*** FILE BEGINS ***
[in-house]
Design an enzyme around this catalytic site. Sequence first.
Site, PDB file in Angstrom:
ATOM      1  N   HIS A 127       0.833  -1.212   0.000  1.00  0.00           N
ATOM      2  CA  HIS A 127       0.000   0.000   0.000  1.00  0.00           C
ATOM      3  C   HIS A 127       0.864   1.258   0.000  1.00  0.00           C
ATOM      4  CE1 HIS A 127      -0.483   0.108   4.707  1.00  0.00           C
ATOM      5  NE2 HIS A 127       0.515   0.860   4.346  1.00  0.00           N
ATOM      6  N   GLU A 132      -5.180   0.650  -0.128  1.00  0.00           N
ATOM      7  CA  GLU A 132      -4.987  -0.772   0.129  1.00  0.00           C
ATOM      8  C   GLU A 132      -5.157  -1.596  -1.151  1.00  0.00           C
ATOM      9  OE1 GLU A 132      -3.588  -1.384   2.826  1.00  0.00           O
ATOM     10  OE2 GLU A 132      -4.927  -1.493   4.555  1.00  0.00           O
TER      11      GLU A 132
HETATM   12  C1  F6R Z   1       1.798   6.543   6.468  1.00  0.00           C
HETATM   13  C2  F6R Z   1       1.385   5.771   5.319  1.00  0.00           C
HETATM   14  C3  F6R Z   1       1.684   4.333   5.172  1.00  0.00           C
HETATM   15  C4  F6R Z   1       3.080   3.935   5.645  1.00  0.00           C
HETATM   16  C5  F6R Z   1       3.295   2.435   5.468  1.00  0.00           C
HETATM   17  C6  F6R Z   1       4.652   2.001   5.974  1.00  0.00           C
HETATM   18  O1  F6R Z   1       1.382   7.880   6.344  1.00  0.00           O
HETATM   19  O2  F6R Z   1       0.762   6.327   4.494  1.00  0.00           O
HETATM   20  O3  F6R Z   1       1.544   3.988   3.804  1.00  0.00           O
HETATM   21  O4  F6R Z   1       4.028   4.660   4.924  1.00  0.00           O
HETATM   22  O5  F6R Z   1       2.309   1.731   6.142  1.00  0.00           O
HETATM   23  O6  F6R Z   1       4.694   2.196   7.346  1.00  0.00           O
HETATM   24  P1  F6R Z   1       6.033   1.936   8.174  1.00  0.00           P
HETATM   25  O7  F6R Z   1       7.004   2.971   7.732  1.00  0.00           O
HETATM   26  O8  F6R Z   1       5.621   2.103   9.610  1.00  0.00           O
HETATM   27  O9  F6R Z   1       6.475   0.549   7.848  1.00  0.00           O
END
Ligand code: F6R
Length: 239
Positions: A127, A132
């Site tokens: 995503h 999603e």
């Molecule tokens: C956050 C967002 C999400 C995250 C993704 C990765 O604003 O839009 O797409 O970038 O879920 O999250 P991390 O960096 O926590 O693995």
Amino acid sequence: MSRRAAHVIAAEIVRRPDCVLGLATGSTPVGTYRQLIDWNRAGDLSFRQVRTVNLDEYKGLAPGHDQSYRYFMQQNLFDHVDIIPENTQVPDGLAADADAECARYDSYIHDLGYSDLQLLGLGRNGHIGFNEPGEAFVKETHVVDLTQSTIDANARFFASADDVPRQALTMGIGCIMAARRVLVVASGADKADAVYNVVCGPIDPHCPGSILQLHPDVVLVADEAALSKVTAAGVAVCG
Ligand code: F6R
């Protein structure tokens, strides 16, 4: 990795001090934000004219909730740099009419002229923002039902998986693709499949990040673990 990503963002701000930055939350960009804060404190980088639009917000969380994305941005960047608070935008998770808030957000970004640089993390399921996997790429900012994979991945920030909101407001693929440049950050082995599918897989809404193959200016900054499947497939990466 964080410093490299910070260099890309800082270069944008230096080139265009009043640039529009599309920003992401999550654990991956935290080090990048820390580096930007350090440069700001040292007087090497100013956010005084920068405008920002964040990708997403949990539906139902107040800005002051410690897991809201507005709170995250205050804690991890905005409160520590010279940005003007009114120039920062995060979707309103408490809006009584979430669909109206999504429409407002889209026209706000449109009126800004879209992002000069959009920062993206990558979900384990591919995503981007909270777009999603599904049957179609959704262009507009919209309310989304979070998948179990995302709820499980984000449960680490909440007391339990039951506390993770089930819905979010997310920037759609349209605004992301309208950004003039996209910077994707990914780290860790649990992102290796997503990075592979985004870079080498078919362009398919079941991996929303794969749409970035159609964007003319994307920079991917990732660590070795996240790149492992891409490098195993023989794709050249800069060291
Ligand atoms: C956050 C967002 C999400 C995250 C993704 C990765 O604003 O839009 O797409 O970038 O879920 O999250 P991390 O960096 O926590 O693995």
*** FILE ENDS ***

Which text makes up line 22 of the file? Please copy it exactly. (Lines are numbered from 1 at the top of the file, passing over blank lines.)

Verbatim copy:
HETATM   19  O2  F6R Z   1       0.762   6.327   4.494  1.00  0.00           O